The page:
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NCSA faculty affiliate wins Sloan fellowship

Joaquin Vieira, an assistant professor of astronomy at the University of Illinois and a faculty affiliate at the National Center for Computing Applications (NCSA) has been named a Sloan Research Fellow for 2017.

The Sloan Research Fellowships seek to stimulate fundamental research by early-career scientists and scholars of outstanding promise. These two-year fellowships are awarded yearly to 126 researchers in the United States and Canada in recognition of distinguished performance and a unique potential to make substantial contributions to their field. The size of the award is $60,000 for the two-year period.

Dr. Vieira is an observational cosmologist who builds telescopes and cameras to study the cosmic microwave background and the evolution of the Universe. His scientific interests include galaxy evolution, the cosmic star formation history, the epoch of reionization, the expansion of the universe, dark matter, dark energy, cosmic neutrinos, and the epoch of inflation. He conducts observations across the electromagnetic spectrum using the South Pole Telescope, the Herschel Space Observatory, the Hubble Space Telescope, the Spitzer Space Telescope, and the Atacama Large Millimeter/submillimeter Array (ALMA). He is currently helping to build future millimeter and sub-millimeter facilities and pondering the cosmic evolution of dust.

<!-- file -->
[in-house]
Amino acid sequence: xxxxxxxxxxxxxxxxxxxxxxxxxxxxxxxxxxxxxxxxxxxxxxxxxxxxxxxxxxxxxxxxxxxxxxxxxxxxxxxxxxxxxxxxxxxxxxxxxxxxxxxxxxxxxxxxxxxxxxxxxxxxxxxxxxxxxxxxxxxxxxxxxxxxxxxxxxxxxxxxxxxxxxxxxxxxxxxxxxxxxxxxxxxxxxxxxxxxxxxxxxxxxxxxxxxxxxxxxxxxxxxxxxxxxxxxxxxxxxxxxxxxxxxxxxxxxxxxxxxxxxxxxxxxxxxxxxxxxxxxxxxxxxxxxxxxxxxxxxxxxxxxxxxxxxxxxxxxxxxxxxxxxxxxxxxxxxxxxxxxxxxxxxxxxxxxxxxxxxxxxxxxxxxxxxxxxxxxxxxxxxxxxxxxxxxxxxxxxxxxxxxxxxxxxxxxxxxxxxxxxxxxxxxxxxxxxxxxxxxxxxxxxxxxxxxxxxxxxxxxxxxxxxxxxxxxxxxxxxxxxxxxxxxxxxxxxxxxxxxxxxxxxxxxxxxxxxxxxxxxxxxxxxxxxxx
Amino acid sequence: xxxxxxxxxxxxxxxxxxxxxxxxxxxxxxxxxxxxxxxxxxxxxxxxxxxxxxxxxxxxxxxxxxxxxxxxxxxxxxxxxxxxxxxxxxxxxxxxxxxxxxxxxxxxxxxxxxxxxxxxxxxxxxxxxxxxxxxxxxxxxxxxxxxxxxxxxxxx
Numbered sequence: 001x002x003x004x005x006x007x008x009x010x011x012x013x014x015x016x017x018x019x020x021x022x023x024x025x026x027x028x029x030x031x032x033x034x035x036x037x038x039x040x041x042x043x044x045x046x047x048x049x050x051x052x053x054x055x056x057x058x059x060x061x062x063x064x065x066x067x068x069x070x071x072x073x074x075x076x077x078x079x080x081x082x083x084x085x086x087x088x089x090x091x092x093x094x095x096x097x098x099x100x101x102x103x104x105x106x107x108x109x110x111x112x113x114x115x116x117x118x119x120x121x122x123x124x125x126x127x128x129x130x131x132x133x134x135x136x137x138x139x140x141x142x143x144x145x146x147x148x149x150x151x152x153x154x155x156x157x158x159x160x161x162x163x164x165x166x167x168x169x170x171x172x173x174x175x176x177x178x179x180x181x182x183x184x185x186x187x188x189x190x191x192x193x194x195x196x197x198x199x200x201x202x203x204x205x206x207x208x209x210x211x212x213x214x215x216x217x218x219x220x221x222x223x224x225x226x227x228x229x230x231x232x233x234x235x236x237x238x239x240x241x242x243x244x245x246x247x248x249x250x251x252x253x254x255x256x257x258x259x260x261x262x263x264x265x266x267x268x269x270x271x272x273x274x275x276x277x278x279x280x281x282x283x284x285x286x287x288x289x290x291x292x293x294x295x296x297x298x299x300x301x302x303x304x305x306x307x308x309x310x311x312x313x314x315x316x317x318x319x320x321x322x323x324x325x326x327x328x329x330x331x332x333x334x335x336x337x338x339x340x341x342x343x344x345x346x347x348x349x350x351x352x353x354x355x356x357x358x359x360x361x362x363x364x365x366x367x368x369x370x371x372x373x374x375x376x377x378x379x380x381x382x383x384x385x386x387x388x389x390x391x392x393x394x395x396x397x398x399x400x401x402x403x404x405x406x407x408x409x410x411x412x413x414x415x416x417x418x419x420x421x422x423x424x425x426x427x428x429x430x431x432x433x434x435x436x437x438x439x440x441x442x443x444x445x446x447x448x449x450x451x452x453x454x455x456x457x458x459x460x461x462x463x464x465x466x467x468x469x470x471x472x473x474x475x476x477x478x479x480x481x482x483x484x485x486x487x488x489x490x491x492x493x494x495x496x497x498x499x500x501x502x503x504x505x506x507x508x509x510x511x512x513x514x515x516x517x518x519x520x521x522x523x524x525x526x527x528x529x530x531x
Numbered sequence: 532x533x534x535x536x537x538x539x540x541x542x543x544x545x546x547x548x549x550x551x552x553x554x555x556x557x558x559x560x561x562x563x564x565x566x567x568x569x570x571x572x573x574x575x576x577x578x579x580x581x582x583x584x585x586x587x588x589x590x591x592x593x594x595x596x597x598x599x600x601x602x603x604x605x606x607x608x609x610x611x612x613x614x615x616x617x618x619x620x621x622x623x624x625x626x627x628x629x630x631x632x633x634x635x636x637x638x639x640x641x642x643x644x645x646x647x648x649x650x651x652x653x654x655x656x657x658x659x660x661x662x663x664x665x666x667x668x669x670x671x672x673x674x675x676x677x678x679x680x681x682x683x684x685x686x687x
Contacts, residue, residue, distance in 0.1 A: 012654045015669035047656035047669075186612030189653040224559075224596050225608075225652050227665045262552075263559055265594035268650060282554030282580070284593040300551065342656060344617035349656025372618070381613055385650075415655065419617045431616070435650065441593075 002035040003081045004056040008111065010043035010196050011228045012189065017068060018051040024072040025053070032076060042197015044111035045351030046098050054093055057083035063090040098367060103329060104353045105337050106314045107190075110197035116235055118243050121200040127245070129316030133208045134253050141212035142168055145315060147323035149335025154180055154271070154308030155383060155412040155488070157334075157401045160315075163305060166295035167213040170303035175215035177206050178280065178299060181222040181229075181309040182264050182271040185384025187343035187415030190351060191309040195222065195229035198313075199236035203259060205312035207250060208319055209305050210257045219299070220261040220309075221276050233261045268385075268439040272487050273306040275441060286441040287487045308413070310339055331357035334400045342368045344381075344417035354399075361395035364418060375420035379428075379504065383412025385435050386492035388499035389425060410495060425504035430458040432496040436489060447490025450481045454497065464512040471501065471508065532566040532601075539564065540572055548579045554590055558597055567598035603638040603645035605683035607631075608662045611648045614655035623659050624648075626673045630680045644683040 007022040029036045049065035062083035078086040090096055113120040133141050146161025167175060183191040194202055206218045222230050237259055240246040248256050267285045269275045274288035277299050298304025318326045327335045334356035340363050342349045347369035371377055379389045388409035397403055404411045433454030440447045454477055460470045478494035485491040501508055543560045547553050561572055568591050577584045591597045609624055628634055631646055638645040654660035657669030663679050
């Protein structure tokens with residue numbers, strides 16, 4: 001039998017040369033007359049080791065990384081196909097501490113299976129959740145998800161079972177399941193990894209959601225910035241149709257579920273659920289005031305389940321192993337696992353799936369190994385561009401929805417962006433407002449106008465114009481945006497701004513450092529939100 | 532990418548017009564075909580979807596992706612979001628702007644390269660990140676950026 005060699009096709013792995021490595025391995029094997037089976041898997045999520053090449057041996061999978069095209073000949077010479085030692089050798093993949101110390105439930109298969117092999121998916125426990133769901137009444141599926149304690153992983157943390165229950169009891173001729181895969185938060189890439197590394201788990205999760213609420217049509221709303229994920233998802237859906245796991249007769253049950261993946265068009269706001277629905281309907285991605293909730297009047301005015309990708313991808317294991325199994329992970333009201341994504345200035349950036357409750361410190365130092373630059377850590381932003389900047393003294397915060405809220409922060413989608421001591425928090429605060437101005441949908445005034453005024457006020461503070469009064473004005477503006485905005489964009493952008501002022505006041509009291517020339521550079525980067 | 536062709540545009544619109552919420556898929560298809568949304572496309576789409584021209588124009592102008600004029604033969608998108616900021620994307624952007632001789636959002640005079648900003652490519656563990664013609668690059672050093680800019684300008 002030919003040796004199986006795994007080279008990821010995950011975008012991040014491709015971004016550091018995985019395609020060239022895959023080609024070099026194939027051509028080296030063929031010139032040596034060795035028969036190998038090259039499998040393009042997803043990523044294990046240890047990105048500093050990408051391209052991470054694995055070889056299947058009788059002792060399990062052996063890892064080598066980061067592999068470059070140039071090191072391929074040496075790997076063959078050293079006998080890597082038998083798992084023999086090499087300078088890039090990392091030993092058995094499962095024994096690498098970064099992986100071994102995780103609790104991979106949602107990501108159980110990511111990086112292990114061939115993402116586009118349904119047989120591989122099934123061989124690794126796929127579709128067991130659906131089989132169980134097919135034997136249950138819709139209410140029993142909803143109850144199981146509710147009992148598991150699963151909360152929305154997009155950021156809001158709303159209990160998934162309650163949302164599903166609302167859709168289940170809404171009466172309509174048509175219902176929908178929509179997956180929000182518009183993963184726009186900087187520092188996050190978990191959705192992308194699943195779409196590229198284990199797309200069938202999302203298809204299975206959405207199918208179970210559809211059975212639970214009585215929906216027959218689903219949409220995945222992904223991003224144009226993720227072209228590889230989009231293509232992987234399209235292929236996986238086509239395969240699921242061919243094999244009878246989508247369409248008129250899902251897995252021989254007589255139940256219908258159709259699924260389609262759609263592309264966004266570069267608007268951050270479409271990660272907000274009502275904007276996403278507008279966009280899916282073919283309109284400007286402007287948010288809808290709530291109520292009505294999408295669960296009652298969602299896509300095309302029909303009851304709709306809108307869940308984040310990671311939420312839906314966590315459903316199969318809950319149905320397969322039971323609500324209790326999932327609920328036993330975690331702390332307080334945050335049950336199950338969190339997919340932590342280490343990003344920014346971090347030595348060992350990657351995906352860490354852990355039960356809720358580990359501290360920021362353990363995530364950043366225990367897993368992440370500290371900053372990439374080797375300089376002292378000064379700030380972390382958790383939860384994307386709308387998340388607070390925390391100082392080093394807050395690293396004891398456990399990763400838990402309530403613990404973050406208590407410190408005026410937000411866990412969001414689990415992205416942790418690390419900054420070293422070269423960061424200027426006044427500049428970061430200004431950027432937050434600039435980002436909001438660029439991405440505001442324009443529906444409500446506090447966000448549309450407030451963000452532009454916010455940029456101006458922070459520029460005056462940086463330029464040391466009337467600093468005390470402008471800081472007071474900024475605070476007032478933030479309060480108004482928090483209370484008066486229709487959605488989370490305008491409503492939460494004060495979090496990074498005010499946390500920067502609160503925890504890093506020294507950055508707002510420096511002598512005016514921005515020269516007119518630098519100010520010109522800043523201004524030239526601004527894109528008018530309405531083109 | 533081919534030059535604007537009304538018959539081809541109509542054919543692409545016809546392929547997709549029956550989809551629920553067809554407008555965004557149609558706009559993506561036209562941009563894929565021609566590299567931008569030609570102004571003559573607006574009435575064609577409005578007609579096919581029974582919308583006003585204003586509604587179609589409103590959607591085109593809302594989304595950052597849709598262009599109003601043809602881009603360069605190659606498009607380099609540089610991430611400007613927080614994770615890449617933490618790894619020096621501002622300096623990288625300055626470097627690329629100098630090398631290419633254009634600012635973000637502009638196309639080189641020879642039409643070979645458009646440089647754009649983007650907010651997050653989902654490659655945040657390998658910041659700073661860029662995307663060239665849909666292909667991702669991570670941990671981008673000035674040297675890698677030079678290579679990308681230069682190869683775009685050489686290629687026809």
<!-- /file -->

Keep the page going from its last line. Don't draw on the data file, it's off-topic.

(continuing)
He was a member of a research team that used the largest telescope on earth, ALMA, along with an effect of space-time predicted by Einstein (gravitational lensing), along with the Blue Waters supercomputer at NCSA, to take the most sensitive picture of dark matter ever. He says this technique is going to become more important over the next few years, as researchers “hope to eventually constrain matters of dark matter and possibly even constrain the mass of the dark matter particle.”

Closer to home, Dr. Vieira founded the Urbana branch of “Astronomy on Tap,” a monthly gathering for the public to learn about astronomy through discussions with local astronomers over beer and pizza. The gathering just celebrated its one-year anniversary.

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